Research Handbook of Diversity and Careers
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Research Handbook of Diversity and Careers

Edited by Adelina M. Broadbridge and Sandra L. Fielden

This unique Research Handbook covers a wide range of issues that affect the careers of those in diverse groups: age, disability, gender, race, religion, sexuality and transgender, as well as appearance. International experts from a variety of backgrounds contribute chapters in their given fields, reviewing current thinking, practices, initiatives and developments within the field, as well as presenting a wide-ranging and holistic coverage of the topic.
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Chapter 27: Coming out of the closet? The implications of increasing visibility and voice for the career development of LGB employees in UK private sector organisations

Fiona Colgan

Abstract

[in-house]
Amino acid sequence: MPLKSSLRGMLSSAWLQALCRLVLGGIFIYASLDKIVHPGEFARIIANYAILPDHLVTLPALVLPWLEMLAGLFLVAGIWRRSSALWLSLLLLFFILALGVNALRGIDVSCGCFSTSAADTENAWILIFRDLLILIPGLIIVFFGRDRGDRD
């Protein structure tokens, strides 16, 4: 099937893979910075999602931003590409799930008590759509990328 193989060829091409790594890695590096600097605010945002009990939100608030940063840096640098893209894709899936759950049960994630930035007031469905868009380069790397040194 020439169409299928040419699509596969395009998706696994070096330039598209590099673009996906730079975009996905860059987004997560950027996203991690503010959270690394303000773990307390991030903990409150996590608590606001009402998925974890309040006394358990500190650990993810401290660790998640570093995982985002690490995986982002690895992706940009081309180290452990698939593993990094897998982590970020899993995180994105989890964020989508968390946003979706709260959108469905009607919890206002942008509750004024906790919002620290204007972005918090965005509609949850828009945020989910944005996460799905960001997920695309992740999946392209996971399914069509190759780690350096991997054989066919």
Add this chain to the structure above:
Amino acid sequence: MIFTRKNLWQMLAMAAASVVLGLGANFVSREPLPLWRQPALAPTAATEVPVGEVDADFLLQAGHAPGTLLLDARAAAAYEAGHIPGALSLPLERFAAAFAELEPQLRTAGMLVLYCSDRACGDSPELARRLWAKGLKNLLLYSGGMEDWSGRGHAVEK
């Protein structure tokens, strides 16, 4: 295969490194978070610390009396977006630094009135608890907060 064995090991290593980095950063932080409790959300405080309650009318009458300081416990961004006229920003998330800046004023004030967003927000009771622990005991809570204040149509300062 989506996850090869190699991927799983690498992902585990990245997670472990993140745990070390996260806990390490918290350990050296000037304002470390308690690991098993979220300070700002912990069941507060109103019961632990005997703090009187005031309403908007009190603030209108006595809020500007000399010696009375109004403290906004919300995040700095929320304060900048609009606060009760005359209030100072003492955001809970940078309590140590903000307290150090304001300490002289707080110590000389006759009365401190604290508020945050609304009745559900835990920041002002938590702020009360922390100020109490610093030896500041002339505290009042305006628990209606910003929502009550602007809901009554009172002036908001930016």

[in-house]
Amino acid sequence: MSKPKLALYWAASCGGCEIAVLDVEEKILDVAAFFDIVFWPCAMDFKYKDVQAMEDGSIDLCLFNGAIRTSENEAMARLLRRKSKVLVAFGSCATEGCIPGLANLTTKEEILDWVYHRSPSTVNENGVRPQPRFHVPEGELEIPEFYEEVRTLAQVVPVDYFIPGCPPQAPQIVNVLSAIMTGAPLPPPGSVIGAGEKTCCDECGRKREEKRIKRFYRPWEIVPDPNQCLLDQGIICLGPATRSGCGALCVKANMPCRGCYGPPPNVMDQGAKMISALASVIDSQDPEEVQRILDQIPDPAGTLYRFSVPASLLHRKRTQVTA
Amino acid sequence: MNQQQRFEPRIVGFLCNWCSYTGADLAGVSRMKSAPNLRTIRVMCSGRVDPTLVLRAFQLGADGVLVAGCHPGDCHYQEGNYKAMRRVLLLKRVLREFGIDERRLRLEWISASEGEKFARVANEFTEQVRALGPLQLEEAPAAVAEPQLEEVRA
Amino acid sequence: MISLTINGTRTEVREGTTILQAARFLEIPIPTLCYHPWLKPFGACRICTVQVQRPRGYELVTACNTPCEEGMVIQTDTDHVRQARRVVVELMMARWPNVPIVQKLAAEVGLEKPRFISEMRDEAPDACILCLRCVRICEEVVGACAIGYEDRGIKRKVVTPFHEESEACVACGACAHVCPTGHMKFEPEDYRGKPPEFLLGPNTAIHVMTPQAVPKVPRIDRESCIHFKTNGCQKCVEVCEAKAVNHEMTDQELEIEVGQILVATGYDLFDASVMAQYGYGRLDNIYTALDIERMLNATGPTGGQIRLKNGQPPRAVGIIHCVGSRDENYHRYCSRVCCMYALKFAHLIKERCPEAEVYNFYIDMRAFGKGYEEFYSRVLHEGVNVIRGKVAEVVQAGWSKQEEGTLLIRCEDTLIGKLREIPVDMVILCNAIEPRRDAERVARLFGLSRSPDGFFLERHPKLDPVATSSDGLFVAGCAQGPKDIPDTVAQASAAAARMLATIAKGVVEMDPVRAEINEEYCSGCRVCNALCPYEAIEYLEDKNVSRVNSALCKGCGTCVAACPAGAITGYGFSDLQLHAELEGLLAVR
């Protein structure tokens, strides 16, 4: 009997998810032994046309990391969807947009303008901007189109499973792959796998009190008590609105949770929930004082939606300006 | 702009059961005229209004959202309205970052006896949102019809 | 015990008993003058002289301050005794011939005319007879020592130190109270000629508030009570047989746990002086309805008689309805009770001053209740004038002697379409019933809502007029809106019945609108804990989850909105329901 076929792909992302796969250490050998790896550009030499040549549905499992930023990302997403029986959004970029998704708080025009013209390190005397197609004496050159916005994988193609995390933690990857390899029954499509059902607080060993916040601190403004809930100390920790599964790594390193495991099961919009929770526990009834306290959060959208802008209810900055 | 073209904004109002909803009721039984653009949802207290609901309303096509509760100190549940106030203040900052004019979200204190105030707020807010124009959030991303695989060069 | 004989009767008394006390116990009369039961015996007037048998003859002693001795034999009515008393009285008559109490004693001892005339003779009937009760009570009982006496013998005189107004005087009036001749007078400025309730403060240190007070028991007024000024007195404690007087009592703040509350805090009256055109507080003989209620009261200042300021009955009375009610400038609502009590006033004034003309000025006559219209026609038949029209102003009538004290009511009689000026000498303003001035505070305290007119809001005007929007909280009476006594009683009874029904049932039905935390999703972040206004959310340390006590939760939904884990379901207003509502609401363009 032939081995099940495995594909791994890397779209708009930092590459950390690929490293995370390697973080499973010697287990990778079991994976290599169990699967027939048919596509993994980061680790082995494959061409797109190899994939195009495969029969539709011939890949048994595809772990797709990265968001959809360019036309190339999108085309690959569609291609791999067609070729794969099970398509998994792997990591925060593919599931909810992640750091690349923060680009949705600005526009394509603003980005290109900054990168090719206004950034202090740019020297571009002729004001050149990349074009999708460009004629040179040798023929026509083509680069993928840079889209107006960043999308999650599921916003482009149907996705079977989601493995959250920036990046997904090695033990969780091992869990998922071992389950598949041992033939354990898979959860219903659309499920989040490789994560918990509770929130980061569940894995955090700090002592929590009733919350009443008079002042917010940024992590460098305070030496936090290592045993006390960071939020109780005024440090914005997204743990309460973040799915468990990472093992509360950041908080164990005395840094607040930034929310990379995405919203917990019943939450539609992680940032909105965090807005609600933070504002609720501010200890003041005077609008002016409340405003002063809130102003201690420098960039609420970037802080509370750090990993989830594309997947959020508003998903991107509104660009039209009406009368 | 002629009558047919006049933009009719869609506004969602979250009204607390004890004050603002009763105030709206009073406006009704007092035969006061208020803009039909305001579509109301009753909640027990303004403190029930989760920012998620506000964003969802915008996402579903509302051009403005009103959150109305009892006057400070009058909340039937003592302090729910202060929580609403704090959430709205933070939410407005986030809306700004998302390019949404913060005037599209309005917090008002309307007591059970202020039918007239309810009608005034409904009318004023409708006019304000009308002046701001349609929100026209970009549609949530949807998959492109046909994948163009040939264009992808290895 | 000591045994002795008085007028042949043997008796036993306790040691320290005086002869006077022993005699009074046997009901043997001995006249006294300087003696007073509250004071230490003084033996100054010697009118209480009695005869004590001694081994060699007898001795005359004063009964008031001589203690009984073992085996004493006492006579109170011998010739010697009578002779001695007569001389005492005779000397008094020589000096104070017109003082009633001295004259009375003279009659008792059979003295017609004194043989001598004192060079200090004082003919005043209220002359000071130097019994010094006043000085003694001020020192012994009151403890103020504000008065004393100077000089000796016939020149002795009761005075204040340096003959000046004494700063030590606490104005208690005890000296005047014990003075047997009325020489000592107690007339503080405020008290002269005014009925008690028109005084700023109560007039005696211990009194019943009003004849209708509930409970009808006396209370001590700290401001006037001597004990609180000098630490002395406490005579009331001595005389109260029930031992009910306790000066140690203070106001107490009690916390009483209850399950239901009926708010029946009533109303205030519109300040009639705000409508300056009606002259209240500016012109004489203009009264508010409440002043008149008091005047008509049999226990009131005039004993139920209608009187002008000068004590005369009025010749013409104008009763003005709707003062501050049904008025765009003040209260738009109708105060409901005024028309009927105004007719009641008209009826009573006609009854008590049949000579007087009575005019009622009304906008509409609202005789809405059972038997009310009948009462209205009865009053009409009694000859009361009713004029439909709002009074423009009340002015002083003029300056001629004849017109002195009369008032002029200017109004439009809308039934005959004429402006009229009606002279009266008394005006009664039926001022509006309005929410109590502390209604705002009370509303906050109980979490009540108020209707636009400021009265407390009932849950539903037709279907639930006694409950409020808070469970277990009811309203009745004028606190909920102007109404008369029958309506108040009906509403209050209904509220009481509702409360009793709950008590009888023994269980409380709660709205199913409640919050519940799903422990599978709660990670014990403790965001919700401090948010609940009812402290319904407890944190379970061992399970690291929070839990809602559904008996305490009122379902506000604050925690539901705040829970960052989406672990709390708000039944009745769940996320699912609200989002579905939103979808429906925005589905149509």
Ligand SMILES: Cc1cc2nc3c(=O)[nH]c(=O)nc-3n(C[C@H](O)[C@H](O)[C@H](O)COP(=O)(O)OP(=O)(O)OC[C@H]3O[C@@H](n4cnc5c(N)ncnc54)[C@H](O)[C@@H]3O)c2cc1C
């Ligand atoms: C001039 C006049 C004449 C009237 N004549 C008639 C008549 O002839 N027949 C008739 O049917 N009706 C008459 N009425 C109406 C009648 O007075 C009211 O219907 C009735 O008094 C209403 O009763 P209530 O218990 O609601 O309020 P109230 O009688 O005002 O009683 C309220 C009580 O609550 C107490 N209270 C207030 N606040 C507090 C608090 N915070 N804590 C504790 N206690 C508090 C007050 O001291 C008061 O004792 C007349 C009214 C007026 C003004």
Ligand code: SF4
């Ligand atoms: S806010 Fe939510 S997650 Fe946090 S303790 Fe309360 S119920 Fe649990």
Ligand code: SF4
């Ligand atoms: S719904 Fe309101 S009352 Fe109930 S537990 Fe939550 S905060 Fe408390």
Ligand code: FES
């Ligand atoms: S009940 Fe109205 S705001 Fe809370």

This chapter explores the opportunities and barriers to the career development of lesbian, gay and bisexual (LGB) employees in United Kingdom (UK) private sector organizations. The research took place following the introduction of the Employment Equality (Sexual Orientation) Regulations (2003) in the UK. This legislation encouraged UK organizations to add sexual orientation to their diversity policies. The chapter considers how this development has encouraged opportunities to improve LGB visibility and voice and explores the ways in which this has in turn enhanced LGB career development opportunities in UK organizations. It does so by drawing on interviews with 65 LGB private sector employees. There is evidence for optimism as many of the LGB respondents welcomed the increasing visibility of the sexual orientation strand with increasing numbers feeling able to come ‘out’ and ‘be themselves’ at work. This in turn was resulting in increasing opportunities for voice via lesbian, gay, bisexual and transgender (LGBT) trade union and company networks and as empowered individuals. However, there was also worrying evidence of an uneven application of diversity policy and practice across organizations. The chapter explores these complexities, concluding that despite progress, LGB employees still recognise barriers to their career development in what are still perceived to be predominantly heteronormative working environments.

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